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US Supreme Court Declines to Hear Trump Administration's Case to End DACA; Allowing Renewals to Continue

Photo Credit: Joe Raedle/Getty Images

The United States Supreme Court has declined to hear the Trump administration's case for ending the Deferred Action for Childhood Arrivals program.


By declining to hear the case, the Supreme Court is upholding lower federal court rulings allowing the Obama-era program to continue. Upwards of 1.9 million young people are eligible for coverage under the program.

In September 2017, President Donald Trump abruptly reversed the executive order that created DACA by former President Obama. This put nearly 700,000 children of undocumented immigrants who were brought to the United States by their parents at risk of deportation.

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Senator Bernie Sanders (I-VT) described Trump's move as " one of the ugliest and cruelest decisions ever made by a president in our modern history."

Today's Supreme Court decision, which came without comment from the nation's highest court, will allow DACA recipients, known as Dreamers, to continue to apply for and renew their participation in and protection under the program. Trump's initial move granted a 6-month extension on the program, which is set to expire on March 5th, 2018. Under Trump's executive order, Dreamers who did not meet the March 5th deadline risked losing DACA protections.

As Matthew SNOWFLAKE AF pointed out, the administration's case was "an attempt by Trump to circumvent the 9th Circuit Court," which issued a stay on ending the program.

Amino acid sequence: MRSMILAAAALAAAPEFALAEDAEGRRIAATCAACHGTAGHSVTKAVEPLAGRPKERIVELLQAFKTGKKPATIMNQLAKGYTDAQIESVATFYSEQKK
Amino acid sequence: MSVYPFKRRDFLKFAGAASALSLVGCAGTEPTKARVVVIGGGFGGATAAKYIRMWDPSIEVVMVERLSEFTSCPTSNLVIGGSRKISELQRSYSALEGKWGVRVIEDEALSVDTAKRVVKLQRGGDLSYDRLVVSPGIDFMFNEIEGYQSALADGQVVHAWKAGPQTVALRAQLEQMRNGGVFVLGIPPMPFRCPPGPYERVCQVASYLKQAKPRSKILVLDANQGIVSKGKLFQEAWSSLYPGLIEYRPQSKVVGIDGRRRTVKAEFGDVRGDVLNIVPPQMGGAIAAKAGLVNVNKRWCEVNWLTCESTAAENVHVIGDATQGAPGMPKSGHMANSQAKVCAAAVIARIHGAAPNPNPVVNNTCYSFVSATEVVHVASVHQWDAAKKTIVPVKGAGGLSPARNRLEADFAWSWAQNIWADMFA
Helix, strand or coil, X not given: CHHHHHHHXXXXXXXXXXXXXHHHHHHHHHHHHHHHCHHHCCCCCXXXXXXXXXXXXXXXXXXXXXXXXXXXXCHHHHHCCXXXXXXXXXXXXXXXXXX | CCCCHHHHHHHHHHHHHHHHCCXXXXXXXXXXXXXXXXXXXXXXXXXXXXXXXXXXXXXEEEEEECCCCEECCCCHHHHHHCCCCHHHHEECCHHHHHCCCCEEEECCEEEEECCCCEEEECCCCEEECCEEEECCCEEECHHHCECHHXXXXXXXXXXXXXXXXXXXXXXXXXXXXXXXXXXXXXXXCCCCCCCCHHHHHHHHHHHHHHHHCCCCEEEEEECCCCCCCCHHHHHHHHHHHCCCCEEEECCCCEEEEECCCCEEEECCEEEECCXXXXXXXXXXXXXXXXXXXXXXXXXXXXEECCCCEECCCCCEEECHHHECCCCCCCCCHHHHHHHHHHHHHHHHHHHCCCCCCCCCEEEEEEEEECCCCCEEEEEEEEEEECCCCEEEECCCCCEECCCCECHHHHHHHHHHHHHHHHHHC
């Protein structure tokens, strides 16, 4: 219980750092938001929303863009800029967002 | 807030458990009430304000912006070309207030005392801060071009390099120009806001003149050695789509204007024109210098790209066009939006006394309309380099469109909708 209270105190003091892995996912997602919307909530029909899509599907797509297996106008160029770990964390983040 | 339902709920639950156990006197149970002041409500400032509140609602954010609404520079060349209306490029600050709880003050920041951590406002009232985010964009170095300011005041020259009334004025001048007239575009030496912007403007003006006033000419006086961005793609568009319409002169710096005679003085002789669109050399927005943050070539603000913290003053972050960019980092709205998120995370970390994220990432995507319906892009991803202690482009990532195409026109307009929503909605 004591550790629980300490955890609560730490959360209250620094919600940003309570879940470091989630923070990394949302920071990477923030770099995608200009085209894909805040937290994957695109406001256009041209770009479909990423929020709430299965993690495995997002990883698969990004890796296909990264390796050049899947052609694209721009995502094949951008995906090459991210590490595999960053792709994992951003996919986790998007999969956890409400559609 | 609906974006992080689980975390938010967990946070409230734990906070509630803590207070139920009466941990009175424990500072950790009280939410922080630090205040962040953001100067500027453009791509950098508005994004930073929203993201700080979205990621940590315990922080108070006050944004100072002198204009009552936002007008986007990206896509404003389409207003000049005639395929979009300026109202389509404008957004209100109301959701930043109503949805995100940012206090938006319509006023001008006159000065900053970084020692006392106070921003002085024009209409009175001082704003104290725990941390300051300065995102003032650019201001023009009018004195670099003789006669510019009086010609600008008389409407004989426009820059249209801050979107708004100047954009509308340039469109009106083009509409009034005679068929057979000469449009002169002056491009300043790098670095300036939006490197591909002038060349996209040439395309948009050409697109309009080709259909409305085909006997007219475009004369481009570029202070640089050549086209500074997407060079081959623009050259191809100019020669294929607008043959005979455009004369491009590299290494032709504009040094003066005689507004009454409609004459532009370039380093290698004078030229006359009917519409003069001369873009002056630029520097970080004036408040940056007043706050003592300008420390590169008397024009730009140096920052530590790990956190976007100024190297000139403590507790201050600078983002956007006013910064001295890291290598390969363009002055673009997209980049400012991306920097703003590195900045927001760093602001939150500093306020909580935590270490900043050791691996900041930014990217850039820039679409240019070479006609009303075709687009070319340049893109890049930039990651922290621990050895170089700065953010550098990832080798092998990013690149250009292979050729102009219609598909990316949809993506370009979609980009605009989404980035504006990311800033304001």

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Indeed it was. Trump slammed the 9th Circuit Court on Monday, telling a room full of governors at the White House, "you know, we tried to get it moved quickly 'cause we'd like to help DACA. I think everybody in this room wants to help with DACA, but the Supreme Court just ruled that it has to go through the normal channels, so it's going back in."

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But as CNN reported on Monday, "the 9th US Circuit Court of Appeals has generally allowed nationwide injunctions against the Trump administration actions from lower court judges under this President to stand, meaning the DACA program could be spared a year or more until the Supreme Court could take up the case in next year's term, given the likely realities of the calendar."

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Trump has also called for any deal on DACA to include a border wall with Mexico.

The irony here is rich, considering it was Trump himself who put the entire program in jeopardy in the first place.

Supporters of DACA, as well as Dreamers, were elated with the news. Dreams are millions of young people, from students, military service members, and parents whose children are US citizens, to business owners. Many of them have social security numbers and all of them pay taxes.

Enthusiasm abounded on Twitter following the ruling, and even included jabs at Trump's most extreme supporters.

Today's decision was a major blow to Trump and his extreme and wildly unpopular stance on rewriting US immigration policy.

As Suresh Babu points out, "again and again, the judiciary has to intervene to check presidential power because the GOP-led Congress is unable to act (almost like it did not exist). This DACA decision is significant."

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